If you're worried about pregnancy complications, you might consider asking the doctor for bed rest. However, it's important to make sure you understand what bed rest involves instead of assuming this is the best treatment for your situation.
Why Is Bed Rest Needed?
Bed rest is used to treat a variety of pregnancy complications. The most common reasons for bed rest are when a woman is pregnant with multiples, has a history of pregnancy loss, or is determined to be at risk for premature labor. Other conditions that may be treated by bed rest include gestational diabetes, vaginal bleeding, poor fetal development, preeclampsia, incompetent cervix, cervical effacement, placental abruption, or placenta previa.
Advantages and Disadvantages of Bed Rest
Bed rest works by reducing the stress on a woman's vital organs and improving blood flow to send more nutrients to the fetus. If premature labor is a concern, bed rest is useful because it takes pressure off the cervix and can stop the uterus from contracting. When done properly, the bed rest can help:
- Stabilize a woman's condition
- Avoid a long hospital stay
- Reduce the odds of a difficult labor
- Reduce the chance that the baby will need to be in the NICU after being born
Bed rest is not the answer in every situation, however. If you're considering asking the doctor for bed rest, you may think that being confined to your bed sounds like a nice vacation. Unfortunately, the novelty of bed rest doesn't last forever. Bed rest can bring on a number of concerns with both your mental and physical health.
Some of the potential drawbacks of bed rest during pregnancy include:
- Bone loss
- Loss of muscle function
- Boredom and irritability
- Nasal congestion
- Acid reflux
- Weight loss by mother and lower fetal weight for baby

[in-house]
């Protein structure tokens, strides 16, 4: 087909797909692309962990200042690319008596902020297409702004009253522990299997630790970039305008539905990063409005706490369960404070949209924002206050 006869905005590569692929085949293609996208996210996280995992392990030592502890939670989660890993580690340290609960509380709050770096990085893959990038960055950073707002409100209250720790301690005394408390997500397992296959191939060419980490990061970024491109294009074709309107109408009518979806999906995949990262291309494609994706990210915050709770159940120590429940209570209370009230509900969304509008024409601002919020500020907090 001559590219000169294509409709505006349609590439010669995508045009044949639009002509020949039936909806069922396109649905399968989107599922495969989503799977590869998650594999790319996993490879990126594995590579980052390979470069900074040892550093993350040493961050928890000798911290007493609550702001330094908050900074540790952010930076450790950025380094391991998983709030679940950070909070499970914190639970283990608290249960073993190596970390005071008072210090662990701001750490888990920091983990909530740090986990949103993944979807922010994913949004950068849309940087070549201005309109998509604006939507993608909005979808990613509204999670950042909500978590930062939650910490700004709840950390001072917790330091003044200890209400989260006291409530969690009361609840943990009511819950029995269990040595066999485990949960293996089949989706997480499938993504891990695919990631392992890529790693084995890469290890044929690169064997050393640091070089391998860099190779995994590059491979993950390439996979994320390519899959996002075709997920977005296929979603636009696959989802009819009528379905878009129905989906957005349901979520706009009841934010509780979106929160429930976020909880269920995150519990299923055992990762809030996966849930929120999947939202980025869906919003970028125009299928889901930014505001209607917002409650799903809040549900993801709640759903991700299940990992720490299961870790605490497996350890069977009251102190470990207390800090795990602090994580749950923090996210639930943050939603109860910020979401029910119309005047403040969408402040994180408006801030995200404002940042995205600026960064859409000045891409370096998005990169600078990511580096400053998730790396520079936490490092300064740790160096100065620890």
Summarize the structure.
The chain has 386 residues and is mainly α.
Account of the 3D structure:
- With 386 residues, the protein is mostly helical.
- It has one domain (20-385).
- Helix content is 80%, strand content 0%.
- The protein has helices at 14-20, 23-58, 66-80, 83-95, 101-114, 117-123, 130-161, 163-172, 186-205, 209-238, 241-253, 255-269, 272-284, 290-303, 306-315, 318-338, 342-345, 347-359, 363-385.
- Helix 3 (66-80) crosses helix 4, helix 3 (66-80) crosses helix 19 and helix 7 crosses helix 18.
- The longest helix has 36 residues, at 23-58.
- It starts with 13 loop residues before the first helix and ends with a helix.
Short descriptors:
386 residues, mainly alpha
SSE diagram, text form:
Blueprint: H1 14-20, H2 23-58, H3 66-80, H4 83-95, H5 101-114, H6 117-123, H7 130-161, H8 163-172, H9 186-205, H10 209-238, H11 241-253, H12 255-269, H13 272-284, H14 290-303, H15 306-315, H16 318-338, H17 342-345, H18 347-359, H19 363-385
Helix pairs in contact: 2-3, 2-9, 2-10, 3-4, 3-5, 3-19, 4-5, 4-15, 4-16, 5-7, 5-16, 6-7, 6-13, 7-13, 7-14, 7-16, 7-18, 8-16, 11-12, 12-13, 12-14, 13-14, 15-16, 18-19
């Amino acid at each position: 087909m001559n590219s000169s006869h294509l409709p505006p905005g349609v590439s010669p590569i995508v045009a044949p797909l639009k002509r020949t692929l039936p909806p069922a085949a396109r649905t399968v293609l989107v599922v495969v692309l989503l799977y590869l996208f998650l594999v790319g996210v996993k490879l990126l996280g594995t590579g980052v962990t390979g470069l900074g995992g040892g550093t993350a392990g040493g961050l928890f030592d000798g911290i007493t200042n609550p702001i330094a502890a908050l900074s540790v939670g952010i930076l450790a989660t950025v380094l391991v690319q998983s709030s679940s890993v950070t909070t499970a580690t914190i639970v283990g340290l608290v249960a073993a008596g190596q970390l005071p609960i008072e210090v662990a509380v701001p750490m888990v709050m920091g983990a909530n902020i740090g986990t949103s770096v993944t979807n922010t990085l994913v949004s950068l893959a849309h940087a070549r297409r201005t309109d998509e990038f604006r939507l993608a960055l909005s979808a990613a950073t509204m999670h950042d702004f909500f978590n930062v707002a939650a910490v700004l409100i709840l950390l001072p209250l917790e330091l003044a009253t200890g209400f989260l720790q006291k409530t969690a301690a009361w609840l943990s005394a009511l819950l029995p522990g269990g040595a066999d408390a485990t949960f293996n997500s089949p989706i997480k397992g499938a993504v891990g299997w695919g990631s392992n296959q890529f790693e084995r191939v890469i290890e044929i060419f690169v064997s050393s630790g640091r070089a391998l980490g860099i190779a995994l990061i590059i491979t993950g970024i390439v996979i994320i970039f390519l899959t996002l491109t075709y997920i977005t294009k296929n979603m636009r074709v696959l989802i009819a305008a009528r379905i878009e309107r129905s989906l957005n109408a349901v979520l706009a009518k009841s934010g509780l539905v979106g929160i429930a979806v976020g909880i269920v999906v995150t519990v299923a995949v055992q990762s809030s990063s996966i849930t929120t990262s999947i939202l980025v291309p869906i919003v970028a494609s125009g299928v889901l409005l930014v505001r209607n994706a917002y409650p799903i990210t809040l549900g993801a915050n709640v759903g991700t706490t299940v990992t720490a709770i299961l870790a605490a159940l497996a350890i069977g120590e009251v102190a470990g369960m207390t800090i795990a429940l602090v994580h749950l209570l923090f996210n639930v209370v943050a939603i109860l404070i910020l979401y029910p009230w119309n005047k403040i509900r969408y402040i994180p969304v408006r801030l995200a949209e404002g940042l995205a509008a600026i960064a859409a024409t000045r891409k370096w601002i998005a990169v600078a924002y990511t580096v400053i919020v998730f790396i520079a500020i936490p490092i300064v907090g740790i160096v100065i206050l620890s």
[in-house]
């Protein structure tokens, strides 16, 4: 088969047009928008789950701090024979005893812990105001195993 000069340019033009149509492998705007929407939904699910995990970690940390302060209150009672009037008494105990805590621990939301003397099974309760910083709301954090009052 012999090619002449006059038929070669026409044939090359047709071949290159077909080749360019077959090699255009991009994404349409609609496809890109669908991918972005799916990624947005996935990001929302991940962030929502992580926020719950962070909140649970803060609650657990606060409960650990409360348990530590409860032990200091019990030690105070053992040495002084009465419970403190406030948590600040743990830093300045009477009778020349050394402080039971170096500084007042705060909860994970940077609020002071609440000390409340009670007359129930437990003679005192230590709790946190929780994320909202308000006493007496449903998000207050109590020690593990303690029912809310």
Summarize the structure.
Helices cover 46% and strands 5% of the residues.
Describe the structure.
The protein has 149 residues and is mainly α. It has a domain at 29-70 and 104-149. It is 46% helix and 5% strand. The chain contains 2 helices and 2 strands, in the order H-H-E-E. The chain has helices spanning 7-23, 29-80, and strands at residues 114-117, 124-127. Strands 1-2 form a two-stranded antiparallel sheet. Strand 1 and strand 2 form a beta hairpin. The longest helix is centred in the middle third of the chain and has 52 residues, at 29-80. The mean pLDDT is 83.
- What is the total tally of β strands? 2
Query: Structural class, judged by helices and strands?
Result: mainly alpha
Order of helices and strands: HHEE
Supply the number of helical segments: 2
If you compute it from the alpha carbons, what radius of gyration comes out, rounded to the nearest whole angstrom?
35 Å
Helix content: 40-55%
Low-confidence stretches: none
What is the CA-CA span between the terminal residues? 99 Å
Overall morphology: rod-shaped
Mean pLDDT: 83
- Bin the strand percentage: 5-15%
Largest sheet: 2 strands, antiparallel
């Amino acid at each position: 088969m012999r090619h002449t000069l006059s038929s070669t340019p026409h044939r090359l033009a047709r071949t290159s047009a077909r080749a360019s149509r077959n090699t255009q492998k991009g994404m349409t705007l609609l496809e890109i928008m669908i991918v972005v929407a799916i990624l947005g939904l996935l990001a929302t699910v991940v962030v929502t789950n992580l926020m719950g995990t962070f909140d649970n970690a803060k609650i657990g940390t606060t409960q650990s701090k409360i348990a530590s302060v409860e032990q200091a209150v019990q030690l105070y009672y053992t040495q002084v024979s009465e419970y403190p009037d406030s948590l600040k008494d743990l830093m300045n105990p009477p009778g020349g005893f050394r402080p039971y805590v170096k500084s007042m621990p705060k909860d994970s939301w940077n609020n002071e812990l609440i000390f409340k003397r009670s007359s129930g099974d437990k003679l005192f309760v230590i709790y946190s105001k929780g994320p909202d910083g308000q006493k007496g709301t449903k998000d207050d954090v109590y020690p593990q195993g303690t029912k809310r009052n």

- Relationship conflicts with spouse and other children
- Financial difficulties if unable to telecommute or obtain time off of work
Asking the Doctor for Bed Rest
Doctors often differ dramatically in their approach to bed rest. Some doctors will prescribe bed rest as a precaution because it's affordable and seems harmless. However, others will want to try other ways to manage symptoms before dealing with the possible complications that bed rest can create. For example, if you have a history of depression and are experiencing only minor pregnancy complications, your doctor may be concerned that the risk to your mental health outweighs the potential benefits of bed rest.
Even if your doctor doesn't think that complete bed rest is necessary, however, he may still recommend that you take it easy during your pregnancy. Any of the following can be beneficial for dealing with pregnancy complications:
- A break from exercising
- No sexual intercourse
- Cutting back on household chores that involve standing or lifting
- Lying down for a few hours per day
- Reducing your work hours or taking early maternity leave
The precautions mentioned above are often tried before bed rest is required, simply because they are less disruptive to your daily routine. If you are having a difficult pregnancy, discuss your symptoms with your doctor and ask if a reduction in your daily activities could help you feel better. Asking the doctor for bed rest is fine, but working with your doctor to determine the most appropriate way to handle your specific pregnancy concerns will help ensure that both you and your baby remain healthy.